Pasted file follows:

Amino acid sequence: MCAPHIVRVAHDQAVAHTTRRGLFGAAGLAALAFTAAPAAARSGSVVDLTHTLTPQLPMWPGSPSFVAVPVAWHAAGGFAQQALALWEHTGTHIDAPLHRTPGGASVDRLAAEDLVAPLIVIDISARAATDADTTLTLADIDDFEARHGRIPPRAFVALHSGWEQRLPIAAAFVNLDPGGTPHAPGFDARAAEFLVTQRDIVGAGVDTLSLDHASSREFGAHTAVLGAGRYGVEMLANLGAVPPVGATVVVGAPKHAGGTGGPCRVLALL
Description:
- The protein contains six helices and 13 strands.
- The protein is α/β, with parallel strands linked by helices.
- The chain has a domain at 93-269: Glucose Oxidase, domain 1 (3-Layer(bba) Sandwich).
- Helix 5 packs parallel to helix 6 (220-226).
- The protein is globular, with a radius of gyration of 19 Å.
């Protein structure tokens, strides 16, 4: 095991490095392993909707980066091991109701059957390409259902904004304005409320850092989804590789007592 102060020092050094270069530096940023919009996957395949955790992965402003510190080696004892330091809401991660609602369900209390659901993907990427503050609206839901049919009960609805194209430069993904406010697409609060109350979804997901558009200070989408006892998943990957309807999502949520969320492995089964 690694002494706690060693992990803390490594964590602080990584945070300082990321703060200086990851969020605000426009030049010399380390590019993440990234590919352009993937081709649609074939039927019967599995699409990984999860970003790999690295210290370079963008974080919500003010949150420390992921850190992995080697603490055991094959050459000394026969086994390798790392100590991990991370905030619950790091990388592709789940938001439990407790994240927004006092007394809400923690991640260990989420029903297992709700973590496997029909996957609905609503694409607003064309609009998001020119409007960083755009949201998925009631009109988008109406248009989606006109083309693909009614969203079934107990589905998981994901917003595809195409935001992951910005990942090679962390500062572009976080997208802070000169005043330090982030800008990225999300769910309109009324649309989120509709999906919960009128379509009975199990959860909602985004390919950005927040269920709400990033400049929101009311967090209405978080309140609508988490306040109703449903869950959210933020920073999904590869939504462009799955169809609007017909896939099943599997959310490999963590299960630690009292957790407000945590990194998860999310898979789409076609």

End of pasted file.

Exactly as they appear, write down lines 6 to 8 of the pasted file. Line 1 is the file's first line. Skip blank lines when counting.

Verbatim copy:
- Helix 5 packs parallel to helix 6 (220-226).
- The protein is globular, with a radius of gyration of 19 Å.
């Protein structure tokens, strides 16, 4: 095991490095392993909707980066091991109701059957390409259902904004304005409320850092989804590789007592 102060020092050094270069530096940023919009996957395949955790992965402003510190080696004892330091809401991660609602369900209390659901993907990427503050609206839901049919009960609805194209430069993904406010697409609060109350979804997901558009200070989408006892998943990957309807999502949520969320492995089964 690694002494706690060693992990803390490594964590602080990584945070300082990321703060200086990851969020605000426009030049010399380390590019993440990234590919352009993937081709649609074939039927019967599995699409990984999860970003790999690295210290370079963008974080919500003010949150420390992921850190992995080697603490055991094959050459000394026969086994390798790392100590991990991370905030619950790091990388592709789940938001439990407790994240927004006092007394809400923690991640260990989420029903297992709700973590496997029909996957609905609503694409607003064309609009998001020119409007960083755009949201998925009631009109988008109406248009989606006109083309693909009614969203079934107990589905998981994901917003595809195409935001992951910005990942090679962390500062572009976080997208802070000169005043330090982030800008990225999300769910309109009324649309989120509709999906919960009128379509009975199990959860909602985004390919950005927040269920709400990033400049929101009311967090209405978080309140609508988490306040109703449903869950959210933020920073999904590869939504462009799955169809609007017909896939099943599997959310490999963590299960630690009292957790407000945590990194998860999310898979789409076609």